What Does 'Zero Emissions From Shipping' Really Mean?

by Ship & Bunker News Team
Monday May 10, 2021

US Climate Envoy John Kerry's announcement of the Biden administration's new policy on shipping decarbonisation last month led to some confusion in the industry.

The announcement was mistakenly reported by news agencies at first as the US aiming for a 'net zero' emissions target for shipping by 2050. Several Ship & Bunker readers wrote in to say that this was incorrect, and that Kerry had actually called for 'zero emissions'.

For many in and around the shipping industry, the announcement came as a welcome change from the Trump administration's resistance to decarbonisation efforts at the IMO. But the transcript showing Kerry's wording about the target showed there was some further ambiguity around his words.

"In support of the global effort to keep within reach the 1.5 degree C limit on global average temperature increase—and in support of global efforts to achieve net zero greenhouse emissions no later than 2050—the United States is committing to work with countries in the International Maritime Organization to adopt a goal of achieving zero emissions from international shipping by 2050, and to adopt ambitious measures that will place the entire sector on a pathway to achieve this goal," Kerry said, announcing the new policy at an Ocean Conservancy event on April 20

Does Zero Mean Zero?

The ambiguity comes in determining the exact meaning of 'zero emissions'. A strict interpretation of this for marine shipping means just that: no emissions of any kind being produced by the vessel.

Taken this way it could mean the US intended for all forms of marine energy apart from battery, solar, wind and nuclear power to be banned; even the water produced when hydrogen is used as fuel could come under the category of emissions.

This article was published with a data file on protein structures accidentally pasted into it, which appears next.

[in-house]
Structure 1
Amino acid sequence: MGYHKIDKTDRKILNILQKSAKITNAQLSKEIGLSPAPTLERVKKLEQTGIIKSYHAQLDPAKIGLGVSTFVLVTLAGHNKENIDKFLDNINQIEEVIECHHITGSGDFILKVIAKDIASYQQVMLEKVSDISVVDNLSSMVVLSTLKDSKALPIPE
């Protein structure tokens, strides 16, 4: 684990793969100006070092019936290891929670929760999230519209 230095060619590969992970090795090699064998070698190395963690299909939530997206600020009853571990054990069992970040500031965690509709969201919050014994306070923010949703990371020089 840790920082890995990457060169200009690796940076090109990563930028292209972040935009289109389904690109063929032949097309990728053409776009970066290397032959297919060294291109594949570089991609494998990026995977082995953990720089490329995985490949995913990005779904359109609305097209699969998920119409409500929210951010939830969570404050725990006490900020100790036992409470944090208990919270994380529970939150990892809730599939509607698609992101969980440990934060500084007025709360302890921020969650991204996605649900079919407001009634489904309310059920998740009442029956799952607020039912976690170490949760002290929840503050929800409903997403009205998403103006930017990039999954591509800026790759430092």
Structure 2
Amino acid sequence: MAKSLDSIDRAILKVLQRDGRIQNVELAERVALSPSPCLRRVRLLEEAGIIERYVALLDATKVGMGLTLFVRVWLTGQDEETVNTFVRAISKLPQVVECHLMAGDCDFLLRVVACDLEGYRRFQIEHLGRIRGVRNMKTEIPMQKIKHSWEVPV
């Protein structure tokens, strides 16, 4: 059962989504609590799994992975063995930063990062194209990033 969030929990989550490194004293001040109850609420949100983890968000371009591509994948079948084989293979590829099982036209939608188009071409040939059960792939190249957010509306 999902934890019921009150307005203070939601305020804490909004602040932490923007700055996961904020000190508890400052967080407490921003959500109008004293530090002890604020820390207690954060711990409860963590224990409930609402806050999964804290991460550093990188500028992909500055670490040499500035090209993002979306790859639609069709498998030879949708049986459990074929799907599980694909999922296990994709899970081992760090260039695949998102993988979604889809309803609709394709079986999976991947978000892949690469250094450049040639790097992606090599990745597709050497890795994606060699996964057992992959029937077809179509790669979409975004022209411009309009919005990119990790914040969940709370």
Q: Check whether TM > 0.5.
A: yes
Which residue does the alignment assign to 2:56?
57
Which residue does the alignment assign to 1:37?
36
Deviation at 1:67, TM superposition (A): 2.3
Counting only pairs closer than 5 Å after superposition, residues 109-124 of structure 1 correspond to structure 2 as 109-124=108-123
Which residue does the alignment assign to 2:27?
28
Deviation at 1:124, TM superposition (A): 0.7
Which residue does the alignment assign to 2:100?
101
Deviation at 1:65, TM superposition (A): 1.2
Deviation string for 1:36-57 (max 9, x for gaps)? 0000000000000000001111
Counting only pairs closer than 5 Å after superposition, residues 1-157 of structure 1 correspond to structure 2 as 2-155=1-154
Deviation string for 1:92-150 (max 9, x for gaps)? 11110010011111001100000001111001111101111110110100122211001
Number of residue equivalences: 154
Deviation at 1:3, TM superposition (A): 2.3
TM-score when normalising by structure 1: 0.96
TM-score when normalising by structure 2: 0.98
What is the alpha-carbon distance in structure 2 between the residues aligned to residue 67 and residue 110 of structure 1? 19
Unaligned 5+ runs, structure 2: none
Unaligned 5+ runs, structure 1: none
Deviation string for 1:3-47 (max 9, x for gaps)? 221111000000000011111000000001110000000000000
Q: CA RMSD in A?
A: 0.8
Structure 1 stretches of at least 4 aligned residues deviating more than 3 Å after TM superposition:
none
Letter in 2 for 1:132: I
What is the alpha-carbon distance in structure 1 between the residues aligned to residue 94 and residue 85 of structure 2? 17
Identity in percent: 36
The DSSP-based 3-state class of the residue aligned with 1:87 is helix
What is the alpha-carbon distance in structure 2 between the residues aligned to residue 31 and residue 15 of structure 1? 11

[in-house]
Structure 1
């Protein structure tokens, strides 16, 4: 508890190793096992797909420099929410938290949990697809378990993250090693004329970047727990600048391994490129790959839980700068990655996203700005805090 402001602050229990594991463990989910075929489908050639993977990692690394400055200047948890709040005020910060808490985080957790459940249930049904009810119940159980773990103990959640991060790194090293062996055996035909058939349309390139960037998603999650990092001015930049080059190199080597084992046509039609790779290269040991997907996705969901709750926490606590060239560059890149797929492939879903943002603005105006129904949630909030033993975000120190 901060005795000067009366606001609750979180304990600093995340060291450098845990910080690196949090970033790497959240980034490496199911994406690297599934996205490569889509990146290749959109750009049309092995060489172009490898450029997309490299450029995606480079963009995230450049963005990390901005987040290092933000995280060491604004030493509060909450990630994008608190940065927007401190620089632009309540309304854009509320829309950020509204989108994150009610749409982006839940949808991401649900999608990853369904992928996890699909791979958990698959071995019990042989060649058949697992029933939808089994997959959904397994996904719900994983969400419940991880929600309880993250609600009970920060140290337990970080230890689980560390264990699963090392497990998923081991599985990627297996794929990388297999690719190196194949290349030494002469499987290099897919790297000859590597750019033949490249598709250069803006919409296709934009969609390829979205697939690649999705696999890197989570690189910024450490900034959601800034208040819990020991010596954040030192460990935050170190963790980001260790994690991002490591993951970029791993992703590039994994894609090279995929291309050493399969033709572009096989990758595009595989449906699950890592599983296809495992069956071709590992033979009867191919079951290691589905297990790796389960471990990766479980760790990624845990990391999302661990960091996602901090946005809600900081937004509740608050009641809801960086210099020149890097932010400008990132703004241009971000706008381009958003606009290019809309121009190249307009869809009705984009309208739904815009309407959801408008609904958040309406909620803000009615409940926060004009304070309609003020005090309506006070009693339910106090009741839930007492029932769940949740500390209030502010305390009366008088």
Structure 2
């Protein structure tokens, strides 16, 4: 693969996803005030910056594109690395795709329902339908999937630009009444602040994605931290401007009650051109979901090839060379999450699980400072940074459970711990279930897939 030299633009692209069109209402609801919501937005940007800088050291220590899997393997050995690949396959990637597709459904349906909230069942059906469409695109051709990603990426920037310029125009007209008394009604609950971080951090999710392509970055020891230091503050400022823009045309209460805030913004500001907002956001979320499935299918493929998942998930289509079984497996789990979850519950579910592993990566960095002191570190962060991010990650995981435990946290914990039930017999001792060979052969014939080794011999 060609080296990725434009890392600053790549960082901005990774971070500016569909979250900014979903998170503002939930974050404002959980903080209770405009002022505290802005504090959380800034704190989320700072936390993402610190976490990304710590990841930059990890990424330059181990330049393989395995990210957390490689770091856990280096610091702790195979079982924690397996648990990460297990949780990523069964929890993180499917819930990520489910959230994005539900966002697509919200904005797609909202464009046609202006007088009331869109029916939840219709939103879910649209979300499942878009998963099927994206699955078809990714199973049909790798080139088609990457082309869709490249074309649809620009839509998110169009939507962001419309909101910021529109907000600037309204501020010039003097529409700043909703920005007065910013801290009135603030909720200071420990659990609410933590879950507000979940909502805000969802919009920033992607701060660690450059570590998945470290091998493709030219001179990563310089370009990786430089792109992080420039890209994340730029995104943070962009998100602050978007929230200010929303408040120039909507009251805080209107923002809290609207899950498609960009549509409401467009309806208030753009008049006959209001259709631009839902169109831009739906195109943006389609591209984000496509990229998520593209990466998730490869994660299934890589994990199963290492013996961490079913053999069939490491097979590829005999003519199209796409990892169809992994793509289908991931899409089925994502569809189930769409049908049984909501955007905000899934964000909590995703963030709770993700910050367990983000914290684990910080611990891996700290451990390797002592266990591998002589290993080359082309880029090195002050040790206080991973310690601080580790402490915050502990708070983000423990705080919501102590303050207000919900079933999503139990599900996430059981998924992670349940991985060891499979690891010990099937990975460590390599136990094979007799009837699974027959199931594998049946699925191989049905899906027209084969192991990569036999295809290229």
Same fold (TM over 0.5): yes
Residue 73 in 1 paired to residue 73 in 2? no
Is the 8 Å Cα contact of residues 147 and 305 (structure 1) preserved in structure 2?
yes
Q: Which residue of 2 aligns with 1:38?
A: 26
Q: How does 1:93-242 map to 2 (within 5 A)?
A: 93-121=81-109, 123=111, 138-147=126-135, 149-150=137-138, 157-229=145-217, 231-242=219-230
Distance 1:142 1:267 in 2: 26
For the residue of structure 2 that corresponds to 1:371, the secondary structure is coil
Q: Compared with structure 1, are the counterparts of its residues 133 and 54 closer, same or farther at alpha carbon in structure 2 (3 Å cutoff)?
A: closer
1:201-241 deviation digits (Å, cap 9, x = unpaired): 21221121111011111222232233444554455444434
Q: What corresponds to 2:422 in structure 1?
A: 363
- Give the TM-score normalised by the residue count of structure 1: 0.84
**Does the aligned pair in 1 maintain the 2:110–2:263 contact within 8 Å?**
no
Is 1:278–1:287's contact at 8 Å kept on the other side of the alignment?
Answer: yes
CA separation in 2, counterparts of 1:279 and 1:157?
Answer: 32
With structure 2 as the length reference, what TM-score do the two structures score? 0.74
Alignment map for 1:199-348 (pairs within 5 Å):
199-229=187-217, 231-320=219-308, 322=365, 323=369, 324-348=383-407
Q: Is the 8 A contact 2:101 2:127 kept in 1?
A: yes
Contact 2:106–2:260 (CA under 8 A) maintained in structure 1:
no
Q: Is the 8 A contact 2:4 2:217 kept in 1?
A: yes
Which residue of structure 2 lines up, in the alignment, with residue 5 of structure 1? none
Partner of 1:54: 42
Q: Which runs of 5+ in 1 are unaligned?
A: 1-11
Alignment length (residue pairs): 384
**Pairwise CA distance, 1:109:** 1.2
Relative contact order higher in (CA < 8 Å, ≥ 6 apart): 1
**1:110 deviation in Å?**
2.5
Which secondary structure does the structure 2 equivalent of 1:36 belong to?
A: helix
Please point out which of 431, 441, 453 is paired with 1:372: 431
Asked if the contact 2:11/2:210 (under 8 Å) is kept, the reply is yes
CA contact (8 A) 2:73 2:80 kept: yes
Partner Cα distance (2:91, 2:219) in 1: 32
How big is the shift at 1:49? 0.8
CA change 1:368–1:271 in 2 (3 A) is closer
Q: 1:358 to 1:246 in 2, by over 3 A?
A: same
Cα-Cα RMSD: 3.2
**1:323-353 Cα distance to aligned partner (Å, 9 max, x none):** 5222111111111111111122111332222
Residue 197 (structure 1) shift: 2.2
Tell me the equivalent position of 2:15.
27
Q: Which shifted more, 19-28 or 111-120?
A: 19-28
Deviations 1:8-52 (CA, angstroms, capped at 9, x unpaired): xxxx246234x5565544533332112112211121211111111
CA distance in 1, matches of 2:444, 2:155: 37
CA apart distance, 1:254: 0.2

In contrast, 'net-zero emissions' would generally be considered to permit emissions from the vessel, including GHGs from burning the fossil fuels used today, as long as those emissions were 100% offset elsewhere via some other mechanism.

"From the International Council on Clean Transportation's perspective, zero means zero life-cycle (well-to-wake) carbon dioxide equivalent emissions," Bryan Comer, marine program lead at the ICCT, told Ship & Bunker by email recently.

That could still preclude a wide range of marine fuels being used beyond 2050, including oil, conventional and bio-LNG, other biofuels and even some synthetic fuels if they are produced using blue rather than green hydrogen.

A spokesperson for the US State Department confirmed to Ship & Bunker that their working definition of 'zero emissions' would be similar to that of the environmental groups.

"Yes, zero life-cycle emissions is the goal," the spokesperson said by email earlier this week, without giving further details.

Whether that will translate into the US targeting an outright ban on ships using fuels that fail to meet that standard remains to be seen. Announcing such a ban at this stage might be seen as counterproductive, in discouraging investment in the alternative fuels currently available to the market.

But until a further clarification of the rules are given, advocates of LNG and biofuels being used in the shipping industry may need to prepare themselves for increasing regulatory hostility from the US.